Background: Current cardiac intensive care unit (CICU) practice has seen an increase in patient complexity, including an increase in noncardiac organ failure, critical care therapies, and comorbidities. We sought to describe the changing epidemiology of noncardiac multimorbidity in the CICU population. Methods: We analyzed consecutive unique patient admissions to 2 geographically distant tertiary care CICUs (n = 16,390). We assessed for the prevalence of 0, 1, 2, and ≥3 noncardiac comorbidities (diabetes, chronic lung, liver, and kidney disease, cancer, and stroke/transient ischemic attack) and their associations with hospital and postdischarge 1-year mortality using multivariable logistic regression. Results: The prevalence of 0, 1, 2, and ≥3 noncardiac comorbidities was 37.7%, 31.4%, 19.9%, and 11.0%, respectively. Increasing noncardiac comorbidities were associated with a stepwise increase in mortality, length of stay, noncardiac indications for ICU admission, and increased utilization of critical care therapies. After multivariable adjustment, compared with those without noncardiac comorbidities, there was an increased hospital mortality for patients with 1 (odds ratio [OR] 1.30; 95% confidence interval [CI], 1.10-1.54, P = .002), 2 (OR 1.47; 95% CI, 1.22-1.77, P < .001), and ≥3 (OR 1.79; 95% CI, 1.44-2.22, P < .001) noncardiac comorbidities. Similar trends for each additional noncardiac comorbidity were seen for postdischarge 1-year mortality (P < .001, all). Conclusions: In 2 large contemporary CICU populations, we found that noncardiac multimorbidity was highly prevalent and a strong predictor of short- and long-term adverse clinical outcomes. Further study is needed to define the best care pathways for CICU patients with acute cardiac illness complicated by noncardiac multimorbidity.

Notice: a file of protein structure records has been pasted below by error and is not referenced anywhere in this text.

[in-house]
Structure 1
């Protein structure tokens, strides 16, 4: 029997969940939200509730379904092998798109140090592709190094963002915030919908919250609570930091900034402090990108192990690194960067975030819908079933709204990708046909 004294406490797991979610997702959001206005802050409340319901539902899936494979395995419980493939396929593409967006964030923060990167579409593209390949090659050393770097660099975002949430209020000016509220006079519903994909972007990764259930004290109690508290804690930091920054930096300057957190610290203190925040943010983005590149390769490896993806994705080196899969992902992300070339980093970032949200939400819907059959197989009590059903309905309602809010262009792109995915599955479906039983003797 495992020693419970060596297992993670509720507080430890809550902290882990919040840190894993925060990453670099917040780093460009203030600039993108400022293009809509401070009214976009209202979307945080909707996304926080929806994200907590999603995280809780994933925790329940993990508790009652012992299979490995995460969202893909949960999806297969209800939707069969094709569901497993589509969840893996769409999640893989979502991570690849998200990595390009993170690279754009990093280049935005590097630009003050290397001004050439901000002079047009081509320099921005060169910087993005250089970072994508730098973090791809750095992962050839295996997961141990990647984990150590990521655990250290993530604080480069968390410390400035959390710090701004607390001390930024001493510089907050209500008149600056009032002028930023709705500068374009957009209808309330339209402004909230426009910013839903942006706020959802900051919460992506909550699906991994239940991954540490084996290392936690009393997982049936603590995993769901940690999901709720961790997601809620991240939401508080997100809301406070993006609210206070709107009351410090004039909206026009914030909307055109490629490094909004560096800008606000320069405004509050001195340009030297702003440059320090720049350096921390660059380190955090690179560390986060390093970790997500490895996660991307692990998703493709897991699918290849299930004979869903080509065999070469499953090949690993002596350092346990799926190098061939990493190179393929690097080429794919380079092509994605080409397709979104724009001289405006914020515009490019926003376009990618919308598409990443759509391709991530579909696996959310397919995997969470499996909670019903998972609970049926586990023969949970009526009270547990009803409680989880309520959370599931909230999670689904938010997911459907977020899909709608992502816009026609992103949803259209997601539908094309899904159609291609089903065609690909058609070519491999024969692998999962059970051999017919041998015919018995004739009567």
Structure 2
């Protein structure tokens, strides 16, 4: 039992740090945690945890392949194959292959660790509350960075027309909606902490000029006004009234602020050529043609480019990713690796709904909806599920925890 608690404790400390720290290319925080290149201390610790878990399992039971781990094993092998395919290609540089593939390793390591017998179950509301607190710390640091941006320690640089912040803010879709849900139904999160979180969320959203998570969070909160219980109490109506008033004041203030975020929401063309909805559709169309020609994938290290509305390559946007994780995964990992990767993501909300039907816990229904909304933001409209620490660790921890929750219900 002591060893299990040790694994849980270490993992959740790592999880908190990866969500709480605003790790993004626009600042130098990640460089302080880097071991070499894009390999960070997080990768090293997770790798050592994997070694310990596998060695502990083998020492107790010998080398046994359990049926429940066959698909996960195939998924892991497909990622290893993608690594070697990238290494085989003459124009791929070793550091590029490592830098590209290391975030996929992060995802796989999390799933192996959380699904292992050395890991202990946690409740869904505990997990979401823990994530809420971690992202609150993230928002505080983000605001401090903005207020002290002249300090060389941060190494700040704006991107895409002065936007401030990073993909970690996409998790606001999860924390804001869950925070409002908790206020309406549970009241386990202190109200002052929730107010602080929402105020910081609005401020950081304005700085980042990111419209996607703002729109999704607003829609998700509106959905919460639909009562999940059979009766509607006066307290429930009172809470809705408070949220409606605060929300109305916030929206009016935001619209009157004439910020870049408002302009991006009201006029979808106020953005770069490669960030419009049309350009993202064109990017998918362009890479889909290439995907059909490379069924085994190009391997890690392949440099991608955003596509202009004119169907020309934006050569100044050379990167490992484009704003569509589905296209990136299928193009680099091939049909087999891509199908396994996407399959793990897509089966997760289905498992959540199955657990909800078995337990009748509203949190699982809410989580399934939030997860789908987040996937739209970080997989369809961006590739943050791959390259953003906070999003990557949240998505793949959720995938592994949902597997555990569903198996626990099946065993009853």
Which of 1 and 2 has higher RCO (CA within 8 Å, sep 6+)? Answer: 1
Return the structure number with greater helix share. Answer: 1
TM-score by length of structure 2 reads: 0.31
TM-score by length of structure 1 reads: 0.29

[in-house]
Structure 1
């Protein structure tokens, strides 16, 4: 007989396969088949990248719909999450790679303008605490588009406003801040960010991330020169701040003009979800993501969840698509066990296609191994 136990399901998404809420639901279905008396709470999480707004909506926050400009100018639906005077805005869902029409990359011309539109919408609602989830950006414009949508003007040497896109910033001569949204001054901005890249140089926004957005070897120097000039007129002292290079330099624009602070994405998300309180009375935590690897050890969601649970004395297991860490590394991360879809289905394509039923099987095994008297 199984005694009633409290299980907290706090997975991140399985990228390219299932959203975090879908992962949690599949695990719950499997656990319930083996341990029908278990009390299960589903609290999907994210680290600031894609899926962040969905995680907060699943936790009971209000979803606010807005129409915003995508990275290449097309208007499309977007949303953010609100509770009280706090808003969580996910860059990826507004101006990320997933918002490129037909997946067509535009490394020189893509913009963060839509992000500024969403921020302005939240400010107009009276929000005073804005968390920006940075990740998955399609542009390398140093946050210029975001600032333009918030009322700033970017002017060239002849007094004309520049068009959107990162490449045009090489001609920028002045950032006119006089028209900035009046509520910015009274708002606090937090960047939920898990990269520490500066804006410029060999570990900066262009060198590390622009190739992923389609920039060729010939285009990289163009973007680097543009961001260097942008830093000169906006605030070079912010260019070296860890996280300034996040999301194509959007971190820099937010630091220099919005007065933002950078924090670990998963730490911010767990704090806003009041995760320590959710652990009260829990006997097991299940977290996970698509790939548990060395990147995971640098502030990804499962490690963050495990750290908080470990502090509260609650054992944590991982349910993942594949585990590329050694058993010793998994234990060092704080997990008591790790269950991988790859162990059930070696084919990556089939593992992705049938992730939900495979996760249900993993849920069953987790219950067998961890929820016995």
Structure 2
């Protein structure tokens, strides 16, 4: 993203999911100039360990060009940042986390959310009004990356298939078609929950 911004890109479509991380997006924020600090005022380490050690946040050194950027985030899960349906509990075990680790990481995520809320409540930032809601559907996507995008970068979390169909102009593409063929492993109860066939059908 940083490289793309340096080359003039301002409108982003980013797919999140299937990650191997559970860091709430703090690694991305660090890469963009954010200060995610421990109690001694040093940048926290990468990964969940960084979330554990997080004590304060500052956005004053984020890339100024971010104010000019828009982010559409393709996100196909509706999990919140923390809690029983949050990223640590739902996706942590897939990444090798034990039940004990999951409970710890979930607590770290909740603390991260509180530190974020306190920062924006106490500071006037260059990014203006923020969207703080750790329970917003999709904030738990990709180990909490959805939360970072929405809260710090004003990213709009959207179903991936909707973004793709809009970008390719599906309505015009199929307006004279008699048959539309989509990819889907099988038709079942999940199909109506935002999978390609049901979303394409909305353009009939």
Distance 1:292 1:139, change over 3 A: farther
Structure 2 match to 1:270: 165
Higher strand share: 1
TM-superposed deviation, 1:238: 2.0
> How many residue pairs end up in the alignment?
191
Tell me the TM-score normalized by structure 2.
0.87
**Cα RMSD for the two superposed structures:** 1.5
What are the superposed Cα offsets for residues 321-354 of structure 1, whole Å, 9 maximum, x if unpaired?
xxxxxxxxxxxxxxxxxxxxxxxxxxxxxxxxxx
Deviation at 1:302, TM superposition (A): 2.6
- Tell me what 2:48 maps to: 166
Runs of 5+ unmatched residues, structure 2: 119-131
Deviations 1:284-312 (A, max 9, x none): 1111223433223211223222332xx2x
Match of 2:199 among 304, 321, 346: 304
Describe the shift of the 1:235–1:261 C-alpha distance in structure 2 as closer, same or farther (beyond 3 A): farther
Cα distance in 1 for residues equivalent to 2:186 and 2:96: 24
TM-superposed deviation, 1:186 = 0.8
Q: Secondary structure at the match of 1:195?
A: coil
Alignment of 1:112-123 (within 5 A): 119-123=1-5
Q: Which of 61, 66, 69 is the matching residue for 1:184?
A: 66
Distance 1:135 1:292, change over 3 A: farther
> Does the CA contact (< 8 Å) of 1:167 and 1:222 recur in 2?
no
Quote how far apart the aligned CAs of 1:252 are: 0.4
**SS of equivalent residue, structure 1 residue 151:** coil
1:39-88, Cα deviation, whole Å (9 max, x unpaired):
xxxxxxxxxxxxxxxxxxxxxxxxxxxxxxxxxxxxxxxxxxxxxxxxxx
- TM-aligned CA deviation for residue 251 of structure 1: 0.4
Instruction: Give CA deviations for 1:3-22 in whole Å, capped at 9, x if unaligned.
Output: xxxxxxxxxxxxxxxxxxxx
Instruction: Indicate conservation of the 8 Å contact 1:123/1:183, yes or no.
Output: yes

- Cardiac intensive care unit
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